It’s Saturday morning. You are barely awake, with a cup of coffee in your hand, and your gaze wanders to the window. It’s raining. So you make up your mind. This afternoon, you will go to a museum.
But what if, without realizing it, you just made a good decision for your health?
That’s the hypothesis put forward by the Association des Médecins francophones du Canada in 2018, when it launched the museum prescriptions program in partnership with the Montreal Museum of Fine Arts. The project, now completed, has enabled thousands of patients to get a doctor’s prescription to visit a museum, either on their own or accompanied. The aim of the prescription was to promote the recovery and well-being of patients with chronic illnesses (hypertension, diabetes), neurological conditions, cognitive disorders or mental health problems. The decision to write the prescription was left to the discretion of the doctor.
Five years in, this pioneering initiative has inspired other innovative projects. So we are now seeing an increasing number of museum-based wellness activities ranging from museum yoga to guided meditations with works of art, as well as the practice of slow contemplation or “slow looking.”
There’s no shortage of possibilities, and they all help to reinforce the same idea, that art is good for us.
Beyond first impressions
These initiatives have recently made headlines in national media on both sides of the Atlantic, in France and Canada, and are gaining in visibility in the general public. Because of the popularity of these activities, more and more claims are being made that a visit to the museum can have “powerful anti-stress properties,” be a “miracle cure for stress,” or have other “incredible benefits.”
Talk about enthusiasm!
Yet, as a certified neuroscientist, I can’t help but wonder why, given the extraordinarily relaxing effects that are being claimed, crowds aren’t flocking to our museums every day.
And that gives us all the more reason to look at the scientific reports and studies that have recently been published on the subject.
Is art good for you? From intuition to observation
In 2019, the World Health Organization published an extensive report compiling evidence on the role of arts and cultural activities in promoting health and well-being. The authors of this report attempted to move away from the sweeping claim that the benefits of art could constitute a universal solution to health problems, like a type of home remedy.
Instead, they encourage new, more precise and rigorous approaches to looking at the question, based on observation of the psychological, physiological and behavioural responses induced by certain specific components of artistic activity (aesthetic engagement, sensory stimulation, physical activity, etc.).
Actor or spectator?
What’s specific about a museum visit is that it is a so-called receptive artistic activity – in other words, it is not about producing art (painting, drawing, composing). It does, however, have the advantage of being accessible and already well established in our collective habits, making it a good candidate for health prevention.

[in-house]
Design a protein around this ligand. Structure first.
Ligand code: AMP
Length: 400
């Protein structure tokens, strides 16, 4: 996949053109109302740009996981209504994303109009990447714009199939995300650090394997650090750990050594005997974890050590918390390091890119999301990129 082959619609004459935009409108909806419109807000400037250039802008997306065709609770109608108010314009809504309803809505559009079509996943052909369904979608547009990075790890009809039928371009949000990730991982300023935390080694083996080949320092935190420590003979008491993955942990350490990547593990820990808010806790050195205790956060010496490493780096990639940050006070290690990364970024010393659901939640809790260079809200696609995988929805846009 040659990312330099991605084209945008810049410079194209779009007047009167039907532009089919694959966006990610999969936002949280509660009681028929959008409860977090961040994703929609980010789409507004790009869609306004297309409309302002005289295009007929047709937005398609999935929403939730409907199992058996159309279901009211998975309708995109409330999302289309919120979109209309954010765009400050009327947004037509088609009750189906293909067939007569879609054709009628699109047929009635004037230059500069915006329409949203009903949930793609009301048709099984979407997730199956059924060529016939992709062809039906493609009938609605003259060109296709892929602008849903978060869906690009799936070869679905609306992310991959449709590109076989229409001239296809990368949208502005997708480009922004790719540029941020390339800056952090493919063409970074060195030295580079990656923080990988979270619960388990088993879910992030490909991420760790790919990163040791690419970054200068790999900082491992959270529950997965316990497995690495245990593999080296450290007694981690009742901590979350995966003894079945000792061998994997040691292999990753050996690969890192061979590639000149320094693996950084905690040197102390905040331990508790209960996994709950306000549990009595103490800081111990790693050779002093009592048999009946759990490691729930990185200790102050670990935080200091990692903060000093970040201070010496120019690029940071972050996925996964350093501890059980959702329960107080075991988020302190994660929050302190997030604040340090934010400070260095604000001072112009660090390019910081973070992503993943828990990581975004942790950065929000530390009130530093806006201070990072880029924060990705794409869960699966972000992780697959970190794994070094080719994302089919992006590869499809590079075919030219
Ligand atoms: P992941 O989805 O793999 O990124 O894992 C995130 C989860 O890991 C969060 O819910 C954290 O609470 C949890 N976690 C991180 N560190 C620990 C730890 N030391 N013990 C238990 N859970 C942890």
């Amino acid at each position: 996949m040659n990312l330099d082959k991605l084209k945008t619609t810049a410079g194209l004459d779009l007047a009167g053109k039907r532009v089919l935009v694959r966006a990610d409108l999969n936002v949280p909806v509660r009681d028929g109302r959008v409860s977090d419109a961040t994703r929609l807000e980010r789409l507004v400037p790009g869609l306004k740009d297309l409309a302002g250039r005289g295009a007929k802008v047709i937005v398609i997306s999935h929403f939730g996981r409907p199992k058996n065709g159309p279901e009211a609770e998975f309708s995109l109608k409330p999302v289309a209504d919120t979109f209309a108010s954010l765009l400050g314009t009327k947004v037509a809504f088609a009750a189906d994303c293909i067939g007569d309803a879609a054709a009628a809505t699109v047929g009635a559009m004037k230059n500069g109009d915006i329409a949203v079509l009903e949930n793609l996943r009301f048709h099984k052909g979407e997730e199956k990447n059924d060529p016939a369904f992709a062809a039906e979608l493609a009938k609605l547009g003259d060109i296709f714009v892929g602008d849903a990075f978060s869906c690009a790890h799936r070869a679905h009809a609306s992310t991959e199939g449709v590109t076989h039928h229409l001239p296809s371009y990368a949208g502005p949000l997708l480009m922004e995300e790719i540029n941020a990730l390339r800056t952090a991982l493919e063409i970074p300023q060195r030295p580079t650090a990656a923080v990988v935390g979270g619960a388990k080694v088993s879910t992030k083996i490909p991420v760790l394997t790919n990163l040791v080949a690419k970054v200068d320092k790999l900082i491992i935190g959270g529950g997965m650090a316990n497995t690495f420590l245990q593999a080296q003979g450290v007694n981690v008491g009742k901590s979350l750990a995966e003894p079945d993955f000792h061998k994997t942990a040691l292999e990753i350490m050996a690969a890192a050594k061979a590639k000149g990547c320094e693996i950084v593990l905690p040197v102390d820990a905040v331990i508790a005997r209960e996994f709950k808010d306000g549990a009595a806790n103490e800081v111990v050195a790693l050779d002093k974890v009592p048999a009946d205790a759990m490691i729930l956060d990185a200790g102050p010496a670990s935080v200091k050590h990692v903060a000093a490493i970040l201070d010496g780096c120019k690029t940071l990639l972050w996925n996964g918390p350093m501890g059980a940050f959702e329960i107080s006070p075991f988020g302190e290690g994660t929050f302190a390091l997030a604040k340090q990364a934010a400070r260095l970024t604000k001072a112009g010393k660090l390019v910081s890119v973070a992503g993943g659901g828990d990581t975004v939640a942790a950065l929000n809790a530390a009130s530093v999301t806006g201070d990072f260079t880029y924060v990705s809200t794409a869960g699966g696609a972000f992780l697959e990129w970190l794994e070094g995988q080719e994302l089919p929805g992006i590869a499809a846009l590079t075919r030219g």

The question is whether art exposure, alone, is enough to reap its benefits. In other words, does the simple fact of being in contact with art have specific effects?
Healthier consumers of culture
Research has been carried out in England on samples of several thousand individuals whose long-term health indicators were monitored, and who were asked for 10 years to report on their habits in terms of cultural and artistic activities.
This research shows that individuals who regularly (every two or three months, or more) visit cultural venues (theatres, opera houses, museums, galleries) have a 50 per cent lower risk of dementia and depression, and a 40 per cent lower risk of developing a geriatric frailty syndrome (age-related decline in health and loss of functional independence).
Does that mean that exposure to art could lead to healthier aging?
Perhaps, but whether cultural involvement is the cause of the improvement in health markers observed in these studies, has yet to be confirmed. To do this, cohort studies and randomized controlled trials are required. However, this type of study has yet to be done.
In search of the active ingredients
There is one other question, and it’s a big one! It’s the question of why.
Why would art, and visual art in particular, do me good? What happens in my body when I encounter a work of art, and how does this contact transform me and help to keep me healthier – if this is the case?
This was the question Mikaela Law, a psychology researcher at the University of Auckland in New Zealand, and her colleagues asked in 2021. They reviewed the scientific literature for studies on the physiological response to the visual arts and its effect on self-reported stress.
Some of the studies listed in her work show that contact with artwork can lower blood pressure, heart rate and the cortisol secreted in saliva. Such changes reflect a reduction in the body’s state of guardedness, also called stress. This change appears to be perceived by the individual, reflected by the reduction in the stress he or she feels after exposure.
Other studies, on the other hand, have observed no effects.
So, if contact with visual art is likely to bring about physical and psychological relaxation for the viewer, it may not be a sufficient condition for improved health.
This conclusion invites us to qualify our conclusions and reflect more deeply on what happens at the moment of an encounter with a work that might condition its effects on an individual’s psyche.
Today is Saturday…
You’ve decided you’re going to the museum.
This decision will likely be good for your health.
It’s also likely to depend on the museum you choose, and how you visit it.
However one thing’s certain: going to a museum means you will greatly increase your chances of having a pleasant day!